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Exploring Windhoek

First full day.

sunny

We woke up next day in much better spirits having regained some energy after a much needed decent night's sleep. The hotel's breakfast buffet, in the same restaurant as we had eaten dinner, was also freezing and we quickly learned to forget the supposedly hot options and concentrate on the bread. As a former German colony, Namibia has excellent bread.

It was a Saturday and I get the impression that Windhoek, quiet at the best of times, is even quieter at the weekend. However, since we live in the crowds, noise and pollution of Hong Kong, we were delighted by the empty streets and open spaces.

Windhoek is the capital of Namibia. It is located on the Khomas Highland Plateau and has a population of almost 400,000. Windhoek was originally called AiGams, which means hot water, by the Nama tribes who occupied this area. It was called this because of the hot springs located in the area. Later Oorlam chief, Jonker Afrikaner, changed the town's name to Windhoek which means windy corner. The Oorlams were a mixed race people driven out of the Cape area of present day South Africa by the British. German colonial Windhoek was founded in October 1890 when Curt von Francois reached Windhoek with thirty-two of his men.

There was a statue of Curt von Francois outside the Windhoek Municipality Buildings near our hotel. Curt von Francois was born in Luxembourg in 1856. He was a soldier and a geographer who explored and mapped several parts of Africa. He was sent to South West Africa, present day Namibia, in 1889 to help quell an uprising by local Herero tribal people against German colonial rule. He occupied the ruins of Jonker Afrikaner's destroyed town of Windhoek and began building the Alte Feste Fort to house his Schutztruppe or German colonial troops.

Curt von Francois.

Curt von Francois.

After looking at the statue we headed off to the Zoo Park. The Zoo Park is a small, pleasant grassy park with a Chinese style pagoda, a little bridge and a memorial to the German Schutztruppe who were killed in the Nama uprisings against German colonial rule. The memorial dates from 1897.

memorial to the Schutztruppe.

memorial to the Schutztruppe.

Me at the Chinese Pagoda, Zoo Park.

Me at the Chinese Pagoda, Zoo Park.

Peter on the bridge, Zoo Park.

Peter on the bridge, Zoo Park.

From the Zoo Park we walked to the nearby Christus Kirche or Christ Church. The Evangelical Lutheran congregation in Windhoek was started by Pastor Heinrich Siebe in January 1896. Less than a year later, he had attracted enough members to justify the construction of a church. Christus Kirche, the oldest Evangelical Lutheran Church in Namibia, was designed by Gottlieb Redecker and consecrated on 16th October 1910. We could not go inside the church as it was locked.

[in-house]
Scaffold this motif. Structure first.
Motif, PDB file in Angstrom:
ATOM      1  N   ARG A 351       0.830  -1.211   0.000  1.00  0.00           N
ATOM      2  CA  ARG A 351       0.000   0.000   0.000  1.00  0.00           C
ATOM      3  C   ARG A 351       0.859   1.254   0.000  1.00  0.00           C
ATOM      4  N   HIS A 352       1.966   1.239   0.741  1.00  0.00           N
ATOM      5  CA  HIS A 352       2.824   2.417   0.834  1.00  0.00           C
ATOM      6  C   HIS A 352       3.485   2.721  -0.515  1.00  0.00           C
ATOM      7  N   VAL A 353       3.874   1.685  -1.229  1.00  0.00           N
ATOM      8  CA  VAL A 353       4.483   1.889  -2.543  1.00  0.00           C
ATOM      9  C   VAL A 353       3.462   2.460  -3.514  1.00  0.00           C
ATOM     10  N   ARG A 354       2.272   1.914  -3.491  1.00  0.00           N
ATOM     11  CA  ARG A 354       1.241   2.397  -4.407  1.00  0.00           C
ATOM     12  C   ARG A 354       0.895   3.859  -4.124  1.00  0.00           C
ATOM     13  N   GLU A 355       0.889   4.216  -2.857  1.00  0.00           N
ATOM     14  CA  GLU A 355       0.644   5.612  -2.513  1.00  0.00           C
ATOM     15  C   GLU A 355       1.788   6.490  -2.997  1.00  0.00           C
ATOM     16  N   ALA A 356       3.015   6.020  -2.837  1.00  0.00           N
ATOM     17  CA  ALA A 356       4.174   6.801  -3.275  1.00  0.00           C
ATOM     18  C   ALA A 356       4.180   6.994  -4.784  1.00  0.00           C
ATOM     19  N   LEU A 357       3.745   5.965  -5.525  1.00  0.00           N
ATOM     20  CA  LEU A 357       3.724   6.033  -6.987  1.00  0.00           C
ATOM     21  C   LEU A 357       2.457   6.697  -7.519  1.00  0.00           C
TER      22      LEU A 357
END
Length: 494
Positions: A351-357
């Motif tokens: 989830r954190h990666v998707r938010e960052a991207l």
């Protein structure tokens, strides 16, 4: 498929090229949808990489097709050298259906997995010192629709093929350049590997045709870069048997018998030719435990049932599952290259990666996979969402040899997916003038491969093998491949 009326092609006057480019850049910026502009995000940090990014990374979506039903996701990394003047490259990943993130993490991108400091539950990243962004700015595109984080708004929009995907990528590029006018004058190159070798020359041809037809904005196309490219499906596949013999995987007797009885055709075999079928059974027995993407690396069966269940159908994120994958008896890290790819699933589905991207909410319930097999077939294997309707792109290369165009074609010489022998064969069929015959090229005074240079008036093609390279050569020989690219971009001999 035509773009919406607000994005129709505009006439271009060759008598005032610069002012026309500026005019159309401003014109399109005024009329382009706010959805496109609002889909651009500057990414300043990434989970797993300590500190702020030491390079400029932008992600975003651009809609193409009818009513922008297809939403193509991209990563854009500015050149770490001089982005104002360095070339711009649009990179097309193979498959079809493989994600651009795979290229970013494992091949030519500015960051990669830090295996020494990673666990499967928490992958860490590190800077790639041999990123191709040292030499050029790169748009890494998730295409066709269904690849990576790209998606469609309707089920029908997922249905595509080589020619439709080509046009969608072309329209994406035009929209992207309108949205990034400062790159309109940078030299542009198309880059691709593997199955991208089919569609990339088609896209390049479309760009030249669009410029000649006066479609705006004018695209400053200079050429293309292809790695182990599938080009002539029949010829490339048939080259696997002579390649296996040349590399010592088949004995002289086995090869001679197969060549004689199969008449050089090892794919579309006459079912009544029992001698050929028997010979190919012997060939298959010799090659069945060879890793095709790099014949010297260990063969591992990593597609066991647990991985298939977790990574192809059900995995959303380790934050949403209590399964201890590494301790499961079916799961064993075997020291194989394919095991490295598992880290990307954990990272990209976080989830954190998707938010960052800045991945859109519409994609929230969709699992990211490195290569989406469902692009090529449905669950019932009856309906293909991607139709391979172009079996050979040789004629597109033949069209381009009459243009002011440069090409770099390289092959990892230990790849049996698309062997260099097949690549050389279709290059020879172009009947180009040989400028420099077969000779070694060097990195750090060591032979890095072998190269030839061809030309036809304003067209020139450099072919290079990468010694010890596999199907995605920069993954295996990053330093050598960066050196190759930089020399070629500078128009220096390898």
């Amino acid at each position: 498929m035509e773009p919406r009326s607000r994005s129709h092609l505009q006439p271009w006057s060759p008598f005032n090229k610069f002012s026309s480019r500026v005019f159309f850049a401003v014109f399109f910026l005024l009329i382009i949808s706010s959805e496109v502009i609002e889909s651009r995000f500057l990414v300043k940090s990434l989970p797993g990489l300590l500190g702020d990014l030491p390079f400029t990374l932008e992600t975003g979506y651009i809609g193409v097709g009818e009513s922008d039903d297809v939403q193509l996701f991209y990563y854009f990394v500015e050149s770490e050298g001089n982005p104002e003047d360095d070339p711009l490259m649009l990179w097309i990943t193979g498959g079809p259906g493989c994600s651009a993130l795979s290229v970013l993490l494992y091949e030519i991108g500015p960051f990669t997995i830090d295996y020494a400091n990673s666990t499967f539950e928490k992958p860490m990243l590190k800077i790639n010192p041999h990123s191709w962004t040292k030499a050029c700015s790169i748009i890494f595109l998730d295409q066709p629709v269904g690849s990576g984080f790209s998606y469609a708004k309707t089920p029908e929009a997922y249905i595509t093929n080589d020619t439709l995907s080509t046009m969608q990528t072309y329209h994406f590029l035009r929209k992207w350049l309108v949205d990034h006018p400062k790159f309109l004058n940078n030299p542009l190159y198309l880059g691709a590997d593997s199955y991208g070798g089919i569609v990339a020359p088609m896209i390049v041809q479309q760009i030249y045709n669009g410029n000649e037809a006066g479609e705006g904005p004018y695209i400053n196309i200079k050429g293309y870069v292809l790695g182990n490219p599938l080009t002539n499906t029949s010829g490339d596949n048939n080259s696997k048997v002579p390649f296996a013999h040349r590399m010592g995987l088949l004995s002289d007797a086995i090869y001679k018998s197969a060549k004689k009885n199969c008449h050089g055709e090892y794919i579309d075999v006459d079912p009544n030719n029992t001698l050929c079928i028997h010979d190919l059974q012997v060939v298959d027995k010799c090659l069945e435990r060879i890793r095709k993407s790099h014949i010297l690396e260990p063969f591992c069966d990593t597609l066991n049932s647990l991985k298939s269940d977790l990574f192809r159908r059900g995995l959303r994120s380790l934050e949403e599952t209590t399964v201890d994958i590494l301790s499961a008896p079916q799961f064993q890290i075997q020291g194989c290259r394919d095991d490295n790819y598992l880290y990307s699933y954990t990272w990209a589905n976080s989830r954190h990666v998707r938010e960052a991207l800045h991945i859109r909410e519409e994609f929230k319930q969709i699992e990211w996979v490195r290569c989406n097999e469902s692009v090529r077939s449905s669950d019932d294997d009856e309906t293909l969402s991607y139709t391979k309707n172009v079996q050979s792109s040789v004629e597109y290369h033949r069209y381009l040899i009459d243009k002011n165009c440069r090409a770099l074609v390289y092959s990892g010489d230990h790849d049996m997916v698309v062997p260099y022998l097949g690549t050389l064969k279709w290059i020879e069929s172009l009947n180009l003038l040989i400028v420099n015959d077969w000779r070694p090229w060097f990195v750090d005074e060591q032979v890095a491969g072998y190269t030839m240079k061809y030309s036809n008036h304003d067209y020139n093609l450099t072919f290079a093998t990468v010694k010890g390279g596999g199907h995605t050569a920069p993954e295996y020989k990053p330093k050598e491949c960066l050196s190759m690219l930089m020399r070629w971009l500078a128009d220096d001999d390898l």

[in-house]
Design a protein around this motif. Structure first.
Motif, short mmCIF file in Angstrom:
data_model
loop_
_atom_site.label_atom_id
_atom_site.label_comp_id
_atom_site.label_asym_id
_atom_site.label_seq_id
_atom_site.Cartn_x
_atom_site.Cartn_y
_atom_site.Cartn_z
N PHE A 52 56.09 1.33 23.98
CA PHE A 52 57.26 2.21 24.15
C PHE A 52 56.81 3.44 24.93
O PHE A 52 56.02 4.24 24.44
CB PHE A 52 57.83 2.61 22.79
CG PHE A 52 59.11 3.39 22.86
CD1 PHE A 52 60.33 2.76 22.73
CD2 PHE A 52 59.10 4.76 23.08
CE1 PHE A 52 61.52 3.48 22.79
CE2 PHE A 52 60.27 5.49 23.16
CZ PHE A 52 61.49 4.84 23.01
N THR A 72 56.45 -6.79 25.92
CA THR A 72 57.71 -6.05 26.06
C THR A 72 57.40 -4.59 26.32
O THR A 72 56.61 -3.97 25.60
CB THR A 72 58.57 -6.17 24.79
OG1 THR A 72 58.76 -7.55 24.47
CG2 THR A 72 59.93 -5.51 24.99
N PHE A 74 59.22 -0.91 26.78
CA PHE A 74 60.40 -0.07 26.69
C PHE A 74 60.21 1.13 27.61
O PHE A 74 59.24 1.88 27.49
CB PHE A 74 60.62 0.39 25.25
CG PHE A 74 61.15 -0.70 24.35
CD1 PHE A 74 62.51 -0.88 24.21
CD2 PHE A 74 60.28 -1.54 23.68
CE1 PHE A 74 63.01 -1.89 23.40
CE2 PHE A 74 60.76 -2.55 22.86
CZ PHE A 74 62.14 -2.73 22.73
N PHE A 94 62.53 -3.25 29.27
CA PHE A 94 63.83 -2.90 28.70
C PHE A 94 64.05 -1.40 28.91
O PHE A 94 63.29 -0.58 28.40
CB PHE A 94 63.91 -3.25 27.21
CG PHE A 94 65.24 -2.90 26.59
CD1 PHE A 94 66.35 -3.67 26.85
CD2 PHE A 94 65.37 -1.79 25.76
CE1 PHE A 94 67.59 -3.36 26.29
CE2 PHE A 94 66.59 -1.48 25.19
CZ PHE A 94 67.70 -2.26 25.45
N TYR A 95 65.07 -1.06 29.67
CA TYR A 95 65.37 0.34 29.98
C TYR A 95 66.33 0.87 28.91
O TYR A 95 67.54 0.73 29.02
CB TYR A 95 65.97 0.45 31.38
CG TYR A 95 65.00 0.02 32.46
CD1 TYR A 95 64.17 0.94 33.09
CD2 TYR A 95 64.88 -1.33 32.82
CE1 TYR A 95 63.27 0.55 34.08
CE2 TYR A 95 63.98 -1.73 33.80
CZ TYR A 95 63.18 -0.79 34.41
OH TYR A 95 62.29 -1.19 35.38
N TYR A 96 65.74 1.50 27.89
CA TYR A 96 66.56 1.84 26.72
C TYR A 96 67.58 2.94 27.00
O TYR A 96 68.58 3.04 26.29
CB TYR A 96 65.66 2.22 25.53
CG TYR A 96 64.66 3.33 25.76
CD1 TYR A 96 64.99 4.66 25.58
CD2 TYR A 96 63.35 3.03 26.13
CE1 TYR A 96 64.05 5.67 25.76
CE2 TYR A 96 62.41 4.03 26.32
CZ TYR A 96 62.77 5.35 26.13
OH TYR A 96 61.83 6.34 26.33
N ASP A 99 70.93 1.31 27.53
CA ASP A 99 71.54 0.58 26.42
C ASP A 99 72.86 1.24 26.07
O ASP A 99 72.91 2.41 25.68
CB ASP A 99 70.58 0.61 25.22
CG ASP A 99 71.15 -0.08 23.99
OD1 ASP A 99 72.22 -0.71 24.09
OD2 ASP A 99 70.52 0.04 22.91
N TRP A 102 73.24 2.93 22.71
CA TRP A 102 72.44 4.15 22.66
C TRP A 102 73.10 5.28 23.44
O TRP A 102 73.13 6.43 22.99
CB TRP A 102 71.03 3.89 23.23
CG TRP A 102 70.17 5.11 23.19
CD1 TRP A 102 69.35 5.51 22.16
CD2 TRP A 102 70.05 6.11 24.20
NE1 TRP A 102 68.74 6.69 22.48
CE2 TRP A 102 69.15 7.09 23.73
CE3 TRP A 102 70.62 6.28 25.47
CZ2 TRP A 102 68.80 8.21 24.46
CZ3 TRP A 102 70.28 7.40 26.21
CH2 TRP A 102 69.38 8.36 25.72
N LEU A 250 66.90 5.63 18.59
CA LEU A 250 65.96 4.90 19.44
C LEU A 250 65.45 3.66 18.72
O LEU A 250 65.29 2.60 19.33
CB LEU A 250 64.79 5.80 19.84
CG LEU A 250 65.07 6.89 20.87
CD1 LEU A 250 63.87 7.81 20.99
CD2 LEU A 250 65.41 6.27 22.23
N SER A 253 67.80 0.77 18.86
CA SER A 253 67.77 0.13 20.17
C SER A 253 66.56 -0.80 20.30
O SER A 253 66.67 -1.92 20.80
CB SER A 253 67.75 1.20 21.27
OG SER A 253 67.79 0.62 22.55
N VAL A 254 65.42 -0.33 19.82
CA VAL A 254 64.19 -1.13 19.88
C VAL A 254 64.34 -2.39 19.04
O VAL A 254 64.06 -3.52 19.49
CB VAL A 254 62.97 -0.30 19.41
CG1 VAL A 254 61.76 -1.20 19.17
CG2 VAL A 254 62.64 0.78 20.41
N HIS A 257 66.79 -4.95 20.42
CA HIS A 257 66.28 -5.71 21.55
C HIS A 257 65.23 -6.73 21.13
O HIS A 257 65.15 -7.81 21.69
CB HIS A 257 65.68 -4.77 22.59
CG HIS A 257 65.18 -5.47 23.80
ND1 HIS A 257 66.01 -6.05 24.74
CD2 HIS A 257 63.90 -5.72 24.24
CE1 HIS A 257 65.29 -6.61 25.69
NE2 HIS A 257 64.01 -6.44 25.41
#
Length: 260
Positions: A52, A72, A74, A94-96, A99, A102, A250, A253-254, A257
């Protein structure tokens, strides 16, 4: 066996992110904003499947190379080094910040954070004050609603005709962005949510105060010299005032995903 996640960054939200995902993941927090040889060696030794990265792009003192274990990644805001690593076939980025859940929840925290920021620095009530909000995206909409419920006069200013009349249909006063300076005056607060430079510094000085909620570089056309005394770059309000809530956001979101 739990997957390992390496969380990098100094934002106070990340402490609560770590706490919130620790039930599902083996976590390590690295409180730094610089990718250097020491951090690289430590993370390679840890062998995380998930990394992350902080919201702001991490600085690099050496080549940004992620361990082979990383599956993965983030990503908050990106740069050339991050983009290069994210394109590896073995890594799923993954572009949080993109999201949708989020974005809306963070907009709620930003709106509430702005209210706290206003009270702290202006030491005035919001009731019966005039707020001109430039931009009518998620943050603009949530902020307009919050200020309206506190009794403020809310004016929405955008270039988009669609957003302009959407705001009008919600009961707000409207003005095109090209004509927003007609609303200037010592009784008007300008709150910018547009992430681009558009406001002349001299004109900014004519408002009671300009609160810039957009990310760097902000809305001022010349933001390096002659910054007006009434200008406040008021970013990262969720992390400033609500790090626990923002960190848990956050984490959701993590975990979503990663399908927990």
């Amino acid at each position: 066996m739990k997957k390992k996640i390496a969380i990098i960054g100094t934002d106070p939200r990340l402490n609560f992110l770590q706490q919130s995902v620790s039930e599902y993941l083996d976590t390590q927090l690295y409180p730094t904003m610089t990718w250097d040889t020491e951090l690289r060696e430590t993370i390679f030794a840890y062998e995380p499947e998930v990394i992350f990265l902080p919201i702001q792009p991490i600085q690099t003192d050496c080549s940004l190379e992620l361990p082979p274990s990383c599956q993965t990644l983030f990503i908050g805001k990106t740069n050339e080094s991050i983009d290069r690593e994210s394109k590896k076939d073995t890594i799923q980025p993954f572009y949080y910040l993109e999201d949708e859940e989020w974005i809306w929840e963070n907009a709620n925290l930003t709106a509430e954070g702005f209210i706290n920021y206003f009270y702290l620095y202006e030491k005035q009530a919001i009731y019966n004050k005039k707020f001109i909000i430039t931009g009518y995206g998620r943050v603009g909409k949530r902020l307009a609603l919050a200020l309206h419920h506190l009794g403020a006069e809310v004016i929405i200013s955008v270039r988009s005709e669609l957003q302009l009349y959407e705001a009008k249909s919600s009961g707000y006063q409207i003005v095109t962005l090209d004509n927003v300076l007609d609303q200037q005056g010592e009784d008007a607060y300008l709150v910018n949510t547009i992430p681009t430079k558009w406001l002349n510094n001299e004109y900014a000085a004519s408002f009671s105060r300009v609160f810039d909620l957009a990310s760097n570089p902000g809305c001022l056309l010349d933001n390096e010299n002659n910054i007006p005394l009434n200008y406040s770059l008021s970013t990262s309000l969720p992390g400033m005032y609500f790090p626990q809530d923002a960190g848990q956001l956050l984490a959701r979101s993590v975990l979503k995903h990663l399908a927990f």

Christ Church.

Christ Church.

Christ Church.

Christ Church.

Actually many of Windhoek's major sites are next to Christ Church. We next walked to the Alte Feste Fort which is now a museum. However, this was closed and we could only look inside its outer courtyard.

Just outside the Alte Feste stands the Genocide Memorial. This depicts a man and woman raising their arms to reveal their broken chains. This symbolizes their newly gained freedom. The words 'Their Blood Waters Our Freedom' are written on the memorial. This memorial was erected in remembrance of the suffering of the Nama and Herero people at the hands of the Schutztruppe during the 1904 to 1907 war. This war is considered to be the first attempted genocide of the twentieth century.

The Genocide Memorial.

The Genocide Memorial.

The Genocide Memorial from the back.

The Genocide Memorial from the back.

The outer yard of the Alte Feste houses several old carts, wagons and engines. Then outside the grounds of the fort there are some old cannons.

Me in the outer courtyard of the Alte Feste.

Me in the outer courtyard of the Alte Feste.

Peter in the outer courtyard of the Alte Feste.

Peter in the outer courtyard of the Alte Feste.

Me in the outer courtyard of the Alte Feste.

Me in the outer courtyard of the Alte Feste.

Peter outside Alte Feste.

Peter outside Alte Feste.

Peter outside Alte Feste.

Peter outside Alte Feste.

Next we visited the Independence Memorial Museum next to the Alte Feste. This museum was officially opened in March 2014. Outside the front of this building stands a statue of Sam Nujoma.

Sam Nujoma was born in 1929. He was a Namibian revolutionary, anti-apartheid activist and politician. He was the first President of independent Namibia and remained president from 1990 to 2005. His statue stands on the former site of the Reiterdenkmal statue which depicted a member of the German colonial Schutztruppe. Sam Nujoma's statue proudly holds aloft a copy of the Namibian constitution

The Independence Memorial Museum was built by the North Koreans. It has three floors of exhibits. Floor 1 deals with Namibia under German colonial rule and under the South African Apartheid regime. Floor 2 is about the armed struggle against Apartheid. Floor 3 is concerned with Namibian independence. At the top of the building there is a cafe with excellent viewing platforms, though if you want to take photos from the platforms, you must first buy a drink or risk being fined. I was a little surprised to see the notice on the door banning people from bringing guns and knives inside. The first floor of the museum contains some very disturbing and gruesome images. I am not going to put any on here as they are too depressing.

Namibia's fight for freedom.

Namibia's fight for freedom.

Namibian Independence.

Namibian Independence.

Sign on the cafe door.

Sign on the cafe door.

View over the closed Alte Feste.

View over the closed Alte Feste.

View over the Namibian Parliament.

View over the Namibian Parliament.

View over Christ Church.

View over Christ Church.

Looking towards Windhoek's three castles.

Looking towards Windhoek's three castles.

Me with a zebra in the cafe.